Industrial Relations Case Studies. Call Centres and Black Coal Mining

Only available on StudyMode
  • Download(s) : 401
  • Published : January 2, 2013
Open Document
Text Preview
|

|
|
|
|
Individual Project|
Case studiesBlack Coal Mine IndustryCall Centres|
|
|
|

Introduction
Black coal mining is a substantial contributor to the financial wealth of Australia; it is a well-established industry that boasts a history of collect bargaining, strong unions and memberships to establish the rules of work. Whilst the industry is at the mercy of product markets, supply and demands, it normally progresses through strong cycles which have had a large impact on the employment of workers (Barry & Waring , 2006). Call centres, on the other hand are a relatively new industry and is growing at a rapid rate. Todd and Burgess (2006) state “It emerged during the 1990s and was built upon developments in information technology and communications, which enabled organisations in many different industries to rationalise customer service, marketing and other operations for which the service operations into new delivery processes”. Due to call centres emerging during a time where a regulatory change to a decentralised collective bargaining approach was occurring, call centres were able to pick and choose regulatory instruments that would correspond with management style and the organisational needs for the industry, not for the benefits of employees (Todd & Burgess, 2006). The aim of this paper is to analyse the black coal mining and the call centre industries in accordance to industrial relations. This will be achieved through comparing and contrasting the two industries, identifying relevant conflicts, and finally addressing the impact, if any, of the move from collectivism to individualism. Comparisons and contrasts of the black coal industry and Call Centres Black coal mining is a well-established industry that dates back as far as the 1800’s. Which once was used for mainly domestic uses, coal is now one of the highest exported commodities from Australia to the globe. The high demand for coal has caused major fluctuations and changes to industrial relations for both employers and employees. Previously, the industry has been known for traditional employment, having strong unions, high union membership, using awards and collective bargaining to determine work regulations and job security (Barry & Waring , 2006). The black coal mining industry had a high rate of permanent full time employees that worked directly for the mining companies, and there were agreements in place that restricted the use of contractors on mine sites. However, with the introduction of the Workplace Relations Act in 1996, mergers and acquisitions, and a change in the product market saw major changes for the black coal mining industry. Call centres contrast the black coal mining industry in many ways. The call centre industry is a relatively new industry that emerged in the early 1990’s and therefore did not have any previous patterns of industry regulations. It presents an innovative and different way to deliver services through technology and communication (Todd & Burgess, 2006). Call centres are linked to many different organisations, which means agreement making can replicate that of the specific industry or may take on greenfield conditions. Either way, this impacts the union’s ability to gain membership and bargain for better working conditions. With the absence of collective agreements and traditional labour regulations, the employer is able to set their own terms of employment on the employee. Whilst there are many unions in Australia that call centre employees could join, the diversity with organisations makes gaining memberships a challenge. Since the beginning call centres have experienced a high level of casualisation. Majority of employees are females, who require the work hours to fit in around family and other commitments (Holman, 2003). Technology is the foundation in which call centres not only deliver services to the public, but is also used to monitor and control employee...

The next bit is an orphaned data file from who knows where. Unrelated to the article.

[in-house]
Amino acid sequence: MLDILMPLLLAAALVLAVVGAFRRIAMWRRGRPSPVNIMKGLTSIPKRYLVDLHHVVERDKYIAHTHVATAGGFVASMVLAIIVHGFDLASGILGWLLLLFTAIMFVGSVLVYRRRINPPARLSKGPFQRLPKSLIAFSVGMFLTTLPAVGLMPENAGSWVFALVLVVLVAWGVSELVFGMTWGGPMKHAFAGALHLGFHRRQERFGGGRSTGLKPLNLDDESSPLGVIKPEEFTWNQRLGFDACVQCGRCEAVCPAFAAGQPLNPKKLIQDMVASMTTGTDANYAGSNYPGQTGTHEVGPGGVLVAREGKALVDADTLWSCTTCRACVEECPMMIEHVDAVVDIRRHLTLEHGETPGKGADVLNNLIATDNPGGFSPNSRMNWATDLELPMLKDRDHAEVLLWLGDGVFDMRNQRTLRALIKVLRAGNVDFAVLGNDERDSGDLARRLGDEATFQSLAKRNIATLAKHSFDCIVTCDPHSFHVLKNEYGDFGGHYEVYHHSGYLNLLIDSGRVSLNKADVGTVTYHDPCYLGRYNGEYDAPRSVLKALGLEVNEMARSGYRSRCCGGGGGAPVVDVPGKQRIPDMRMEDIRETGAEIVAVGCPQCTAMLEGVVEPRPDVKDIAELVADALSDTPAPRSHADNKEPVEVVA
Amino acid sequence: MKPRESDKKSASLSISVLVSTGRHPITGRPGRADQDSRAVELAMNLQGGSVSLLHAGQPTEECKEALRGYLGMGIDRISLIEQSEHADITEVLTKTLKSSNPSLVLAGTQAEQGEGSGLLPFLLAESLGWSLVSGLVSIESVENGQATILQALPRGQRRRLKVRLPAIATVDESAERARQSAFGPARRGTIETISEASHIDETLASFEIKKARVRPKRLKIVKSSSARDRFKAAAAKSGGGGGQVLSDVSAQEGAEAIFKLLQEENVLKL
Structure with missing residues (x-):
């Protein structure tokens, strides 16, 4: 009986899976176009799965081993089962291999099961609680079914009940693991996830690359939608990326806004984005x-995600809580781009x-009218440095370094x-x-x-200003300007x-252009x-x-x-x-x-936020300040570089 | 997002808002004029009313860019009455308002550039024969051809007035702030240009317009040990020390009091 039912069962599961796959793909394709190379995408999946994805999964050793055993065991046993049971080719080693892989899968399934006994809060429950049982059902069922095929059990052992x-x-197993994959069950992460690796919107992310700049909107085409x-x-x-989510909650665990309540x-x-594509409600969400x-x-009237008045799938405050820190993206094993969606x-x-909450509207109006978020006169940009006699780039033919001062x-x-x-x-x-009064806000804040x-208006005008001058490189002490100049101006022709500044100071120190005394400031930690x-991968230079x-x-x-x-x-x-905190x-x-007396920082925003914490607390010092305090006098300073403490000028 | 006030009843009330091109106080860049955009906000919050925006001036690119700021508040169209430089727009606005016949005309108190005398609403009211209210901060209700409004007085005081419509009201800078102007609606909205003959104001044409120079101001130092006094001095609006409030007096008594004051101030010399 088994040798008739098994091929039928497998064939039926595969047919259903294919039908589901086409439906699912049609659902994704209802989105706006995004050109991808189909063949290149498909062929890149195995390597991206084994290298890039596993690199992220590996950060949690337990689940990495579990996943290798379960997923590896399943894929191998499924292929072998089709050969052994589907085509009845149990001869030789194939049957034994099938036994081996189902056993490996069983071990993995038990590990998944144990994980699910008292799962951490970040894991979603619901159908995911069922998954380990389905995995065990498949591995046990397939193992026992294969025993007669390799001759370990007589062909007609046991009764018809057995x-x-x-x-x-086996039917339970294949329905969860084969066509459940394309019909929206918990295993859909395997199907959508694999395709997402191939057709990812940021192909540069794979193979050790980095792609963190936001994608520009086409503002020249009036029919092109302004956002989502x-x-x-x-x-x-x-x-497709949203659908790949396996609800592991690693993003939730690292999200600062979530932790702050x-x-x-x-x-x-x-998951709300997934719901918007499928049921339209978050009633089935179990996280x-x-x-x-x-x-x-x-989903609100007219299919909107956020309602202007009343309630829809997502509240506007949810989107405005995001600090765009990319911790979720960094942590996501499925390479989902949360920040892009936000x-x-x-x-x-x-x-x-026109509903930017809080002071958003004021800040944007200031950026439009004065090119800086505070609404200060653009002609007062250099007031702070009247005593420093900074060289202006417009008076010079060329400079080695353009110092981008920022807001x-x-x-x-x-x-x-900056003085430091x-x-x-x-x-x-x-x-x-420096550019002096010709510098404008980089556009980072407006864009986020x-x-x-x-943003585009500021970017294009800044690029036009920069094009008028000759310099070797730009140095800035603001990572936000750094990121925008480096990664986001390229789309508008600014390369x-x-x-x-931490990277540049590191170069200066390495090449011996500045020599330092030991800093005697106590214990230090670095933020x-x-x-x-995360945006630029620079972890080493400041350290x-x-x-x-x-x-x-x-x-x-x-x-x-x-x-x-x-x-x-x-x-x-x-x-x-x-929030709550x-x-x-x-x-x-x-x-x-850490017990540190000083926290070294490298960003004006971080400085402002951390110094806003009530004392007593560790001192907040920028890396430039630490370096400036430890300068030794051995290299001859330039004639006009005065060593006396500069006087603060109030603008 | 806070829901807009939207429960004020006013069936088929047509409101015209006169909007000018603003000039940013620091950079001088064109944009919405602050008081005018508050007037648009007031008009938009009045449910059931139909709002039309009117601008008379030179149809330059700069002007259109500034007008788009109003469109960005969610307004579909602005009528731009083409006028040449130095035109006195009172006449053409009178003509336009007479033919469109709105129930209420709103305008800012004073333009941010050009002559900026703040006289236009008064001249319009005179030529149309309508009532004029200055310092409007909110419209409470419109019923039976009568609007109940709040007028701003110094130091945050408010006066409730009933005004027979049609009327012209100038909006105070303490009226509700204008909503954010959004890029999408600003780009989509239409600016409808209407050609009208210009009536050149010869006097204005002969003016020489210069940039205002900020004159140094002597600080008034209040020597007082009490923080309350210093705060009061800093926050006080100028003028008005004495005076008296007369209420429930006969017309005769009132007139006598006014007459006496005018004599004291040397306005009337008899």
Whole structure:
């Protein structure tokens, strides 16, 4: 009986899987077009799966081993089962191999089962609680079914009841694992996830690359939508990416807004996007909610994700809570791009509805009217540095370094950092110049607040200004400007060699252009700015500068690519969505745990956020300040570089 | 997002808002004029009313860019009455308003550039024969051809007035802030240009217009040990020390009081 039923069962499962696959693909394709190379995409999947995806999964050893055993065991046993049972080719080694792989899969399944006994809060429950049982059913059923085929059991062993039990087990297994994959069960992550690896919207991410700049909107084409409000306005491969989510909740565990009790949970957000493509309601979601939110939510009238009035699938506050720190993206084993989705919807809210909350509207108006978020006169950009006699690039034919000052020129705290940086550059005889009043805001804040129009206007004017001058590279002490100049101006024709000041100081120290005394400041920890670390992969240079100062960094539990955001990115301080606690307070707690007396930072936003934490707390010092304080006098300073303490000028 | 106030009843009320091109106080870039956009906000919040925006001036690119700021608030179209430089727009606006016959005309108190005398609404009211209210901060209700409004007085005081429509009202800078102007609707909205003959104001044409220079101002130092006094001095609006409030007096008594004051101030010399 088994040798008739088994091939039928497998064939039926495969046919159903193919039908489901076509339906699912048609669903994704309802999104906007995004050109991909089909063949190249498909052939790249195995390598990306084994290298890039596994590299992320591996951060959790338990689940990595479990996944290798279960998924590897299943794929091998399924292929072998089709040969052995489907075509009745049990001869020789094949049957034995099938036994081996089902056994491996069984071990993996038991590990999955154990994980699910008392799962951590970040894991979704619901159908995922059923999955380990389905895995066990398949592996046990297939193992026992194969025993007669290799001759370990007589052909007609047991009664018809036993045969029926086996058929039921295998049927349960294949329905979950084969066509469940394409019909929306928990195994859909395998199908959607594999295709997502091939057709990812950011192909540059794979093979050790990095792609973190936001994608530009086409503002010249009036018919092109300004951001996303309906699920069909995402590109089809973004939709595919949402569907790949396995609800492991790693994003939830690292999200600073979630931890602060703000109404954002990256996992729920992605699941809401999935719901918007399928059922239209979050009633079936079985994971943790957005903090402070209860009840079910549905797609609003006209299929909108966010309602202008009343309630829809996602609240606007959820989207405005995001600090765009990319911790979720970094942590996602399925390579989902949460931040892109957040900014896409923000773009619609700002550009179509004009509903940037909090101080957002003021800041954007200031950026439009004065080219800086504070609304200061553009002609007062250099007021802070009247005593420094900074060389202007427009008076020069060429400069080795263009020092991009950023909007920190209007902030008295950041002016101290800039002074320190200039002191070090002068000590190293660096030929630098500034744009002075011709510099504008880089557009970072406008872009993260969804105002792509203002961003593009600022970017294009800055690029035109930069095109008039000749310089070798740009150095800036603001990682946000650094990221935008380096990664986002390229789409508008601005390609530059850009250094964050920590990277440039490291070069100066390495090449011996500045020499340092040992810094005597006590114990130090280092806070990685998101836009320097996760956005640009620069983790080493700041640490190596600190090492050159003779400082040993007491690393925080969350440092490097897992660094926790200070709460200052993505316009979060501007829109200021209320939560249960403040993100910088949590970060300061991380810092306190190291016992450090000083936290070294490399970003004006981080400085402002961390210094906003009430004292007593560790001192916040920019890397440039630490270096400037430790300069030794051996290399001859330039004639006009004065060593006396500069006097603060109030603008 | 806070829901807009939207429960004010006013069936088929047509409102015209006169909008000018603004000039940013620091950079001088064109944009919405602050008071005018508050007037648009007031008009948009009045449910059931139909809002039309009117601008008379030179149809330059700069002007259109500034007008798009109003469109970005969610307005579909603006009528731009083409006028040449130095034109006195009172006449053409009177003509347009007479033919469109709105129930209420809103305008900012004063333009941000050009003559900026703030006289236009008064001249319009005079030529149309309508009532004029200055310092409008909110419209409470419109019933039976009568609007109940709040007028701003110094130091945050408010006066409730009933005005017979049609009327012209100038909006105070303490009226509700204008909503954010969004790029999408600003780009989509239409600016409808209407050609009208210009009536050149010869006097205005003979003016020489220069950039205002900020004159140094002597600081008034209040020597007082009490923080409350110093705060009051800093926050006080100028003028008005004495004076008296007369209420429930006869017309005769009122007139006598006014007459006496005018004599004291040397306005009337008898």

tracking img